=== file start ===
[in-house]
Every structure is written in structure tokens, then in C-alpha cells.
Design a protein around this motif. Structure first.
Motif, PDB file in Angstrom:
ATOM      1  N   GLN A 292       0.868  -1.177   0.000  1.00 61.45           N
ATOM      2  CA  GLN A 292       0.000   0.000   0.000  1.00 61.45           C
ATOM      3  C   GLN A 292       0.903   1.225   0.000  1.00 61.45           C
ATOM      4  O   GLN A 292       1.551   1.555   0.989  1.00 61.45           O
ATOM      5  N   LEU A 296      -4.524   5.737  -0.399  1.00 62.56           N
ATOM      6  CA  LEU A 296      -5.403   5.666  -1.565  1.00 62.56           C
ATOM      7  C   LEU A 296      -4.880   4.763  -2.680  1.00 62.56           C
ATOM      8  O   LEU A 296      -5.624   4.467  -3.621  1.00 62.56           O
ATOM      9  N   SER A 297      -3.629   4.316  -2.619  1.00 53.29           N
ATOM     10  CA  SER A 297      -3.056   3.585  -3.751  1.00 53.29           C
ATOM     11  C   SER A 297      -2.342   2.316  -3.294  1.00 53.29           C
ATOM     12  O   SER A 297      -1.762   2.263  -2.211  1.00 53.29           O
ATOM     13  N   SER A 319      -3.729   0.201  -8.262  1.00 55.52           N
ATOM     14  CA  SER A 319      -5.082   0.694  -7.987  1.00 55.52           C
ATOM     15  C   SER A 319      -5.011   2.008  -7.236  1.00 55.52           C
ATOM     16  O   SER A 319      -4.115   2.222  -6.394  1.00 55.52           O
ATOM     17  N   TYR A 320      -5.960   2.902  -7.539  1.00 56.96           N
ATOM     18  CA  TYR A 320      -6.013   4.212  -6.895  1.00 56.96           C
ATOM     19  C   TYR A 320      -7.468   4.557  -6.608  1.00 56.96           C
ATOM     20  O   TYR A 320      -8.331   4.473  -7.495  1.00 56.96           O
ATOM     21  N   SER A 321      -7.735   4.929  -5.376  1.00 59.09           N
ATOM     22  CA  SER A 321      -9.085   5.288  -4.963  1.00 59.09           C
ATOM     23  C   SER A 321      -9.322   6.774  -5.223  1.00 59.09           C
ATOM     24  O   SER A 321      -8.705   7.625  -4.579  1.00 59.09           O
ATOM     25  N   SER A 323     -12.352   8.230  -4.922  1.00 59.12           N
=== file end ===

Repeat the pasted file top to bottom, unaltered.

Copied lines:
[in-house]
Every structure is written in structure tokens, then in C-alpha cells.
Design a protein around this motif. Structure first.
Motif, PDB file in Angstrom:
ATOM      1  N   GLN A 292       0.868  -1.177   0.000  1.00 61.45           N
ATOM      2  CA  GLN A 292       0.000   0.000   0.000  1.00 61.45           C
ATOM      3  C   GLN A 292       0.903   1.225   0.000  1.00 61.45           C
ATOM      4  O   GLN A 292       1.551   1.555   0.989  1.00 61.45           O
ATOM      5  N   LEU A 296      -4.524   5.737  -0.399  1.00 62.56           N
ATOM      6  CA  LEU A 296      -5.403   5.666  -1.565  1.00 62.56           C
ATOM      7  C   LEU A 296      -4.880   4.763  -2.680  1.00 62.56           C
ATOM      8  O   LEU A 296      -5.624   4.467  -3.621  1.00 62.56           O
ATOM      9  N   SER A 297      -3.629   4.316  -2.619  1.00 53.29           N
ATOM     10  CA  SER A 297      -3.056   3.585  -3.751  1.00 53.29           C
ATOM     11  C   SER A 297      -2.342   2.316  -3.294  1.00 53.29           C
ATOM     12  O   SER A 297      -1.762   2.263  -2.211  1.00 53.29           O
ATOM     13  N   SER A 319      -3.729   0.201  -8.262  1.00 55.52           N
ATOM     14  CA  SER A 319      -5.082   0.694  -7.987  1.00 55.52           C
ATOM     15  C   SER A 319      -5.011   2.008  -7.236  1.00 55.52           C
ATOM     16  O   SER A 319      -4.115   2.222  -6.394  1.00 55.52           O
ATOM     17  N   TYR A 320      -5.960   2.902  -7.539  1.00 56.96           N
ATOM     18  CA  TYR A 320      -6.013   4.212  -6.895  1.00 56.96           C
ATOM     19  C   TYR A 320      -7.468   4.557  -6.608  1.00 56.96           C
ATOM     20  O   TYR A 320      -8.331   4.473  -7.495  1.00 56.96           O
ATOM     21  N   SER A 321      -7.735   4.929  -5.376  1.00 59.09           N
ATOM     22  CA  SER A 321      -9.085   5.288  -4.963  1.00 59.09           C
ATOM     23  C   SER A 321      -9.322   6.774  -5.223  1.00 59.09           C
ATOM     24  O   SER A 321      -8.705   7.625  -4.579  1.00 59.09           O
ATOM     25  N   SER A 323     -12.352   8.230  -4.922  1.00 59.12           N